How To Use Premise For Points of Interest Mapping

Why Is Points of Interest (POI) Mapping Critical for Development and Humanitarian Aid Programs?

International development and humanitarian aid programs face many challenges that are inherently spatial. Whether conducting micro-planning for immunization delivery or monitoring monthly changes in food prices in different markets around the world, collecting and incorporating spatial data into nearly all phases of the program cycle becomes essential. Moreover, elevating the spatial element in the questions these organizations are asking can lead to deeper insights about people’s relationships with place and how it affects development outcomes.

By incorporating spatial data into decision-making for development and humanitarian aid programs, organizations can:

  • Gain enhanced understanding. Examining spatial data allows for a more intuitive and interactive understanding of the relationship between people, places, and things, leading to more meaningful insights and improved decision-making.
  • Identify trends and patterns. The collection and analysis of spatial data reveals patterns that may be difficult to discern in traditional data tables or charts.
  • Enhance resource allocation. Spatial data can help identify areas of need and prioritize efforts and resources where they are most needed.
  • Improve communication. Maps and other visualizations make data more accessible and engaging, which helps build support and understanding for development programs.

Premise’s mapping solutions enable organizations to collect spatially and temporally enriched data from real-world observations and translate them into useful location-based information. Our solutions can meet your organization’s spatial data needs across scales—from the hyperlocal to the global—and across social, cultural, physical, and political boundaries.

How Does Premise Do POI Mapping?

Premise offers two primary solutions for mapping: Discover and Validate & Augment. Discover is more appropriate for users who are seeking to map places from scratch or are starting with secondary spatial or nonspatial data sources, including data from historical records, textual or table-based datasets, web scraping, and more. Validate & Augment is more appropriate for users who have existing spatial data records (i.e., know where their places are) but require more detailed data or updated details about the attributes of that place.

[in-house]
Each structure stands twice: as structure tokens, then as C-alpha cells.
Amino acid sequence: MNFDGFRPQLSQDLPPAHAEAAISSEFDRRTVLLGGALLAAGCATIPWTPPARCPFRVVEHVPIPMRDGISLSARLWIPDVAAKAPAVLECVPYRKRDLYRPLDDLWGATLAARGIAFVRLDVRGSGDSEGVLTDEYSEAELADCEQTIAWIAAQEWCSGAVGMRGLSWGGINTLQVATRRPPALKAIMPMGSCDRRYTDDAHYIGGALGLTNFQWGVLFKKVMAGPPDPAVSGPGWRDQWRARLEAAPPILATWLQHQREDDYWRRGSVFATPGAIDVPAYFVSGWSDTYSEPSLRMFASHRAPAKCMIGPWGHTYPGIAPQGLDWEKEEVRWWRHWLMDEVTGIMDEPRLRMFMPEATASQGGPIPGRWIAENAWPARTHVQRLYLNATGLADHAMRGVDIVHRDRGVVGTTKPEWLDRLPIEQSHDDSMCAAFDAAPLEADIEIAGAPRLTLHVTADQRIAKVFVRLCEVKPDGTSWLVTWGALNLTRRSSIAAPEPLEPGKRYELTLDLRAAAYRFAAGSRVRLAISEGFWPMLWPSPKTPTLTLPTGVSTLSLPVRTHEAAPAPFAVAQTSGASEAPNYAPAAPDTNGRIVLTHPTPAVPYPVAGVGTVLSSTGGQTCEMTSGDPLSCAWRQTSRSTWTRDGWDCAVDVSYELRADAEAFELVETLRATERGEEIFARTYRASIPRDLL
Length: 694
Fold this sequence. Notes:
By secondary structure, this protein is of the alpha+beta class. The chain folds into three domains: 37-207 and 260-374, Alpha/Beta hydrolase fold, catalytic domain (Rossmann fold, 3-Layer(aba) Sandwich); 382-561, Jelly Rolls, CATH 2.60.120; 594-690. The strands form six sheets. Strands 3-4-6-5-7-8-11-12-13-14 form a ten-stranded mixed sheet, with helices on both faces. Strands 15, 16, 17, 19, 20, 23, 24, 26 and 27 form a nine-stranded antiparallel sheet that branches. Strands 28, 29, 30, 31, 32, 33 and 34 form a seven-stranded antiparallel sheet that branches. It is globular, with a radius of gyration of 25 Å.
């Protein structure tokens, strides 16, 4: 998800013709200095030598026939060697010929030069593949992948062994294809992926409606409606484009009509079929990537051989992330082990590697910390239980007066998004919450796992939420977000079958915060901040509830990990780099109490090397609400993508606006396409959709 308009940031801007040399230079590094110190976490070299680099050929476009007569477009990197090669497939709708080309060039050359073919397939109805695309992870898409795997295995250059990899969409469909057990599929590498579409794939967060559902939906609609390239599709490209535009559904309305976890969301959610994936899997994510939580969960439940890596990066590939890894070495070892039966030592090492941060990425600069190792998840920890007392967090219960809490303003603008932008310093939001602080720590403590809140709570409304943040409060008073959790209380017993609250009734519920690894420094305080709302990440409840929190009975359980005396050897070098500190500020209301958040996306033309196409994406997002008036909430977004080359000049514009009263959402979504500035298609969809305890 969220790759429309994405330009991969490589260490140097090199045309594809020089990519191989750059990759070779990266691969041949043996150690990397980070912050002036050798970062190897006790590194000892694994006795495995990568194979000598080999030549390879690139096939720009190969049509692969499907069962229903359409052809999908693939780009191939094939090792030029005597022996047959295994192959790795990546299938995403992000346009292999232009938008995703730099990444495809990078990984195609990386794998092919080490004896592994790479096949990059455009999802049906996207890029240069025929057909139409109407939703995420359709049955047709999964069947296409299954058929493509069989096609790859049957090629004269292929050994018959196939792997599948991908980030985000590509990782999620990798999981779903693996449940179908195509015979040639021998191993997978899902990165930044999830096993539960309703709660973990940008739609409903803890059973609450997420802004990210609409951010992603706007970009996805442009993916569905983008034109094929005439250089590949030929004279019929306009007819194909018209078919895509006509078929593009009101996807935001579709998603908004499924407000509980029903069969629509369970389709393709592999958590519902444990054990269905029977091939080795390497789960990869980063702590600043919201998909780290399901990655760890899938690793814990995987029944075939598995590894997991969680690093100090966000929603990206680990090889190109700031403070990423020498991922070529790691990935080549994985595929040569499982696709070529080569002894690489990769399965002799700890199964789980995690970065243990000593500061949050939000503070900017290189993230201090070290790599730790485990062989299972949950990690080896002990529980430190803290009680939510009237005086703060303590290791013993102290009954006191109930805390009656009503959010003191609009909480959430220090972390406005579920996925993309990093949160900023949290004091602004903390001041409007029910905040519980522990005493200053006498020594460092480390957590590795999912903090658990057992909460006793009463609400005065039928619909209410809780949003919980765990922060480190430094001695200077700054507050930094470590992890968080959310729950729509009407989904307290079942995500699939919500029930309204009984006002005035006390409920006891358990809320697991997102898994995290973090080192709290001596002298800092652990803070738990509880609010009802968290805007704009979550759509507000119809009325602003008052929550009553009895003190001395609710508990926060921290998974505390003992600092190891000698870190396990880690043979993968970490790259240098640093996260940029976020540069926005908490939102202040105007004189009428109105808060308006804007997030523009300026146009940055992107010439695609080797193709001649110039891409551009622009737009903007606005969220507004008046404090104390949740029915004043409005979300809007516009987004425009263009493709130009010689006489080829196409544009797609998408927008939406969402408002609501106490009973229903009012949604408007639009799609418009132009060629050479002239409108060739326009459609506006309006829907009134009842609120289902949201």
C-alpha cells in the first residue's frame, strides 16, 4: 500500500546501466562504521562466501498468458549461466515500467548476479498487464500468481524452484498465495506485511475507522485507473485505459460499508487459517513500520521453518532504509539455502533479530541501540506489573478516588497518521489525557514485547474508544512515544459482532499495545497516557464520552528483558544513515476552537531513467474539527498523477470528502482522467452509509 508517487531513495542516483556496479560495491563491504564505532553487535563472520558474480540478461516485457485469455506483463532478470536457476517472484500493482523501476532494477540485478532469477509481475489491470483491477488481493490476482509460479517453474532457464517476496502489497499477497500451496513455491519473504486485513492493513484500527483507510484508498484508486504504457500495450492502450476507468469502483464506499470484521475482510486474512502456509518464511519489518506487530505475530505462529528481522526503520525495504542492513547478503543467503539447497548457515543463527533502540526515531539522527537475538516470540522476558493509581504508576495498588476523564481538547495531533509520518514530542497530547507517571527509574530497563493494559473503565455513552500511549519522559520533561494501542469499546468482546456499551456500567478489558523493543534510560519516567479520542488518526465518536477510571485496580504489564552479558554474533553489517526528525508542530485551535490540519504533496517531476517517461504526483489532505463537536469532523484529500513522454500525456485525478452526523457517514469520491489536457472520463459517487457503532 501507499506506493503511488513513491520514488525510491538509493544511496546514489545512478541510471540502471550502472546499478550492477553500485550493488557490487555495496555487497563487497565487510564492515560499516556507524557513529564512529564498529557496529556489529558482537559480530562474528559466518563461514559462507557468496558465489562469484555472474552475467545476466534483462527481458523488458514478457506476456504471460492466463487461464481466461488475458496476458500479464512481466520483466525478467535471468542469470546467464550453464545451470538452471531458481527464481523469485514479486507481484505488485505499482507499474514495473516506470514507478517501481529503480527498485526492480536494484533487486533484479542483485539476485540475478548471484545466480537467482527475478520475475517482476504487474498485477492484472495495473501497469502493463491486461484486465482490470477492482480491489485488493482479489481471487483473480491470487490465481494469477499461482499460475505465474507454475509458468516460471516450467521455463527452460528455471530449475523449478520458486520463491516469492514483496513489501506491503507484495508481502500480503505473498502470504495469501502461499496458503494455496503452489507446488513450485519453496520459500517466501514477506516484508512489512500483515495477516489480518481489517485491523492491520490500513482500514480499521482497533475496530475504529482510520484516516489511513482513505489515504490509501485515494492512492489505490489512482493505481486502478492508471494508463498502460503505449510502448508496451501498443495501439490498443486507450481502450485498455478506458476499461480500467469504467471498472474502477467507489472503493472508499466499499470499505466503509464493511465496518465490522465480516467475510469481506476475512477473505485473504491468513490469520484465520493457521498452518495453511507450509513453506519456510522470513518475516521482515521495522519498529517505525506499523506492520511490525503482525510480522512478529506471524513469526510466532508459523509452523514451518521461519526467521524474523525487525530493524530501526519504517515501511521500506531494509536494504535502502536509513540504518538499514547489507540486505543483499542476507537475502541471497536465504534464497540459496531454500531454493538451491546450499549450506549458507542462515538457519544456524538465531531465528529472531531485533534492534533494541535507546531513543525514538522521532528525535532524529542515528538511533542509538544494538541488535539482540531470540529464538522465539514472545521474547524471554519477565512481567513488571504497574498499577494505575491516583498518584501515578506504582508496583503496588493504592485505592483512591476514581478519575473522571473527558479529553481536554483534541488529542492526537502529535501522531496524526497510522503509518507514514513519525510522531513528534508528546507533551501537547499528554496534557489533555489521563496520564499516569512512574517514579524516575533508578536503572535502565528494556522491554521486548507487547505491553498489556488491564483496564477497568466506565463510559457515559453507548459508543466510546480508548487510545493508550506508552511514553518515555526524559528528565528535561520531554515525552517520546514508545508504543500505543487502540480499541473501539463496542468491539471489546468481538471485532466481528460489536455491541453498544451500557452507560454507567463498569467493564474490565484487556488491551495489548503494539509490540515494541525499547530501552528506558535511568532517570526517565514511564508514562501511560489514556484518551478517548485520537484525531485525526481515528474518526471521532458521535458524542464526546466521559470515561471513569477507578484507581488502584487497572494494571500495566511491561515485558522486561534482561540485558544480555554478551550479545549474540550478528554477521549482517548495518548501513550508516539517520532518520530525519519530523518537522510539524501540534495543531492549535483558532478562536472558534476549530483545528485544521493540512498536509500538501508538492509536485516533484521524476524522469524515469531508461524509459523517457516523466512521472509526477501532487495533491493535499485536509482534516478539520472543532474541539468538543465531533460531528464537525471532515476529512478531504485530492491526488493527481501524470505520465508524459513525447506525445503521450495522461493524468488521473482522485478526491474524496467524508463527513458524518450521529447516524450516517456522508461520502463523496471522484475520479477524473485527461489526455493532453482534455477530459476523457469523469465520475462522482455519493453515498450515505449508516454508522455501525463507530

Using Premise to discover places and populations begins by determining whether you are starting from scratch or not. Partners who seek to map locations from scratch should start by tasking our Contributors in a given geographic area with locating a type or category of place that is convenient to them. Partners can then fill in the gaps by subsequently tasking Contributors with visits to smaller, more defined, search areas (e.g. a specific city block or defined neighborhood).  

Premise partners who are starting with location data derived from secondary sources, like results from web scraping or other textual analysis (any location data that is obtained from sources other than field visits), should upload their data in Premise and create tasks for Contributors to visit those locations and gather additional attribute data. This is generally the most efficient way to map places as users can then fill in gaps without needing to map so many places from scratch.

Validate & Augment

Many Premise partners have location datasets that are unverified, out of date, or missing important attributes. This could be criteria like the name of a place, the hours of operation of a business, or whether a school has latrines.

Partners who have conducted geospatial analysis and have a need to validate their analysis can also use Validate & Augment to verify their analytical output. In this case, Premise can be used to confirm false positives or false negatives in satellite imagery analysis and collect additional attributes from the location to better inform and/or train their analysis. Users who may benefit from an “eyes on the ground” perspective should upload their spatial data outputs (or a subset thereof) to Premise and work with their Premise Customer Operations team to define their most pressing needs for validating, updating, or enriching their data.

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